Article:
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Senate investigation on Russia rests with NC’s Richard Burr and Intel Committee

FILE – Sen. Richard Burr, R-N.C., speaks with a reporter on Thursday, Sept. 15, 2016 as he leaves the Capitol following a vote. On Monday, Burr said: “The Senate Select Committee on Intelligence has been, and remains, concerned about Russia’s actions.”
FILE – Sen. Richard Burr, R-N.C., speaks with a reporter on Thursday, Sept. 15, 2016 as he leaves the Capitol following a vote. On Monday, Burr said: “The Senate Select Committee on Intelligence has been, and remains, concerned about Russia’s actions.” TNS

U.S. Sen. Richard Burr, R-N.C., chair of the Senate Intelligence Committee, says his panel is concerned about allegations of Russia meddling in U.S. affairs and they’re planning “vigorous oversight” on the issue.

In an email statement to McClatchy on Monday, Burr said: “It is the responsibility of my committee to ensure that our nation’s intelligence agencies are resourced to collect and analyze the information necessary to ensure policy makers are informed about the threats and challenges facing our nation.”

Burr continued: “The Senate Select Committee on Intelligence has been, and remains, concerned about Russia’s actions. The committee will continue to conduct vigorous oversight over activities and agencies within our jurisdiction in an appropriate and responsible way.”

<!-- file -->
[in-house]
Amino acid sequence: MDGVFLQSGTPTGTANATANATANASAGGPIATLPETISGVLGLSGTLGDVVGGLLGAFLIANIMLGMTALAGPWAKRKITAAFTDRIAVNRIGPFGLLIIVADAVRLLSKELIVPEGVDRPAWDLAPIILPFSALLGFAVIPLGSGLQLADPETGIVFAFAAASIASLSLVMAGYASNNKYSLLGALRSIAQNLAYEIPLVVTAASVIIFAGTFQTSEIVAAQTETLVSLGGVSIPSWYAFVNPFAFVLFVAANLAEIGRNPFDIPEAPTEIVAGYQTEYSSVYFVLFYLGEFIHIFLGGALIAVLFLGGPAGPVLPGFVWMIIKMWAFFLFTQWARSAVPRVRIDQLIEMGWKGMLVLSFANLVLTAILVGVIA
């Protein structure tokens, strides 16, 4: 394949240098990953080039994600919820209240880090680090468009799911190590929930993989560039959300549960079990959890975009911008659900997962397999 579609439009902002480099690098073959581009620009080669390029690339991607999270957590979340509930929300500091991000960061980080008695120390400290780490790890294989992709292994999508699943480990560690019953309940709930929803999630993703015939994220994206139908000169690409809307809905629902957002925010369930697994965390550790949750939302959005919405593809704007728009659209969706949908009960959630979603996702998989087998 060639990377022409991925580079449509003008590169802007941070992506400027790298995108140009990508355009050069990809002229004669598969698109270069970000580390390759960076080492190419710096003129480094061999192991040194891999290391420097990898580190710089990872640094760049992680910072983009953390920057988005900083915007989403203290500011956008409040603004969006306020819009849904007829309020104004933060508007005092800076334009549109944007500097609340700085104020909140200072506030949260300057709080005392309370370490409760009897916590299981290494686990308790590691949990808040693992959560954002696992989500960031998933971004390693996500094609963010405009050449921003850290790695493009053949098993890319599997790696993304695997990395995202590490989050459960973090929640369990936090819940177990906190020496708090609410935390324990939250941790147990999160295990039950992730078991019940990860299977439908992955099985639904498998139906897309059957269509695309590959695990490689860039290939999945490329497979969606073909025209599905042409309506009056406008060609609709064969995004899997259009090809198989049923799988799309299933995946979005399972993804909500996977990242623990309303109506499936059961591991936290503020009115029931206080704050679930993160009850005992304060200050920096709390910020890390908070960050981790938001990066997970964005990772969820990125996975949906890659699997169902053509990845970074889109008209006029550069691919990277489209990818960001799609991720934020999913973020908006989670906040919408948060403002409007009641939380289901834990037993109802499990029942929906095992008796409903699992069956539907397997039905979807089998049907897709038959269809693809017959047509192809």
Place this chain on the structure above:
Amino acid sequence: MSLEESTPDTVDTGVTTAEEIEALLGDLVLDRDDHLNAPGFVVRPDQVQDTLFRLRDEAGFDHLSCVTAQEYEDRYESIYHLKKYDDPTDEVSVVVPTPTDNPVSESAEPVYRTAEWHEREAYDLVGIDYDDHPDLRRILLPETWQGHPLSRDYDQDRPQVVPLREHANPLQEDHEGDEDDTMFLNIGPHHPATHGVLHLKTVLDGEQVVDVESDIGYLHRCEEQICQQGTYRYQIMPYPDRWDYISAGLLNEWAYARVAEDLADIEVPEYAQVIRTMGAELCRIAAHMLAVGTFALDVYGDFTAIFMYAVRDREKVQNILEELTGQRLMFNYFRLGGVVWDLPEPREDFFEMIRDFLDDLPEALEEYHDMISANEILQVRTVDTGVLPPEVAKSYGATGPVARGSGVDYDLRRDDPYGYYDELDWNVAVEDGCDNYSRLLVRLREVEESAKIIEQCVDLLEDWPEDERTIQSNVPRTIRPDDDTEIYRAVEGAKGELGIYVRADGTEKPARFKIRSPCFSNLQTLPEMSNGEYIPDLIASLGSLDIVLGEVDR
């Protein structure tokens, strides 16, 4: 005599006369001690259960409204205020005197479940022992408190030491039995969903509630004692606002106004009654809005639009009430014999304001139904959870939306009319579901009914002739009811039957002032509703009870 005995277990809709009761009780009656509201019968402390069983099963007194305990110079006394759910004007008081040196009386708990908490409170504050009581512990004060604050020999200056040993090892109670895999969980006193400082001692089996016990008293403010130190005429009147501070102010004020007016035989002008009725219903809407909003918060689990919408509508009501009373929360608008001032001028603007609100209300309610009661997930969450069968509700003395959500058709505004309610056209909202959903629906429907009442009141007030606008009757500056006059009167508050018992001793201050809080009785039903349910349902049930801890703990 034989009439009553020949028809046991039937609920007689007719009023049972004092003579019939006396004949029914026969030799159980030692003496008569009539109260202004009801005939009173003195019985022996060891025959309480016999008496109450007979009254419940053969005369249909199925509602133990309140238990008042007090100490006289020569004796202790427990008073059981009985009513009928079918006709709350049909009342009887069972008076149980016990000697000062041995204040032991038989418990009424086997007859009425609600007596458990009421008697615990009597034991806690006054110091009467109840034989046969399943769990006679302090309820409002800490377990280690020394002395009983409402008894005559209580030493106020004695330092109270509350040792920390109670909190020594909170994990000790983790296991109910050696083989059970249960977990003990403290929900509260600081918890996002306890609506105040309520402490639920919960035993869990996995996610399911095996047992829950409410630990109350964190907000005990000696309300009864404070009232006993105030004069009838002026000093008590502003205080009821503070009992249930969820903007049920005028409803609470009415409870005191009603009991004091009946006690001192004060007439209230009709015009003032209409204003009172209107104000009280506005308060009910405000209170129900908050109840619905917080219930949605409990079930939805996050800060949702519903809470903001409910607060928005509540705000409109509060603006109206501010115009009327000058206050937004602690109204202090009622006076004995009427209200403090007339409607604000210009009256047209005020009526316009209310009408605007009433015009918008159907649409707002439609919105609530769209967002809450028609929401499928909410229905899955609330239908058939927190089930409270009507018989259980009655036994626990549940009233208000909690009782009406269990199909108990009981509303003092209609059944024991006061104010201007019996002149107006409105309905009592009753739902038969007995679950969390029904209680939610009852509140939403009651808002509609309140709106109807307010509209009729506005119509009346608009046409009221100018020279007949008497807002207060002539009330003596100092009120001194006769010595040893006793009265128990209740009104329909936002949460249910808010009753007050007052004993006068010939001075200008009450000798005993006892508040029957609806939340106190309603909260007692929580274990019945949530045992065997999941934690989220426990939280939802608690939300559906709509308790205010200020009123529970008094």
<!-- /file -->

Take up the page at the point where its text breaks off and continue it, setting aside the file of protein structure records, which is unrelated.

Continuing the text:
Burr is the senior senator from North Carolina and has previously suggested U.S. intelligence officials earlier this year may have prematurely blamed the Russian government for cyberattacks involving political parties and voter registration systems in some states.

“I stand behind what the intelligence community has said, but there is additional investigation that has to take place before there is certainty on who was involved and to what degree,” Burr said in October.

He’s also called for more teeth in the U.S. response to hacking national systems or U.S. persons – no matter the origin. In September, Burr told the Washington Post he wanted President Barack Obama’s administration to strengthen its reaction beyond words, saying “I don’t think the words have worked very well up to now ... it’s time for the administration to do something vs. nothing.”

Burr’s statement on Monday comes as congressional Republicans and Democrats wrestle with how to respond both to U.S. intelligence officials warning of Russia’s involvement in the Nov. 8 election and President-elect Donald Trump’s rejection of analysts who say Russia interfered.

On Monday, Republican Senate Majority Leader Mitch McConnell, of Kentucky, said Burr’s Intelligence Committee will conduct a “complete review” of reports that Russia has interfered with U.S. elections.

McConnell said the intelligence committee is suited for and prepared to lead a review. And, McConnell brushed aside calls for a special, separate investigative committee from Republican Sens. Lindsey Graham and John McCain.

Trump has called the reports of Russian interference “ridiculous” and criticized The U.S. intelligence community, which found Russia was motivated by a desire to see Trump elected.

Anna Douglas: 202-383-6012, @ADouglasNews

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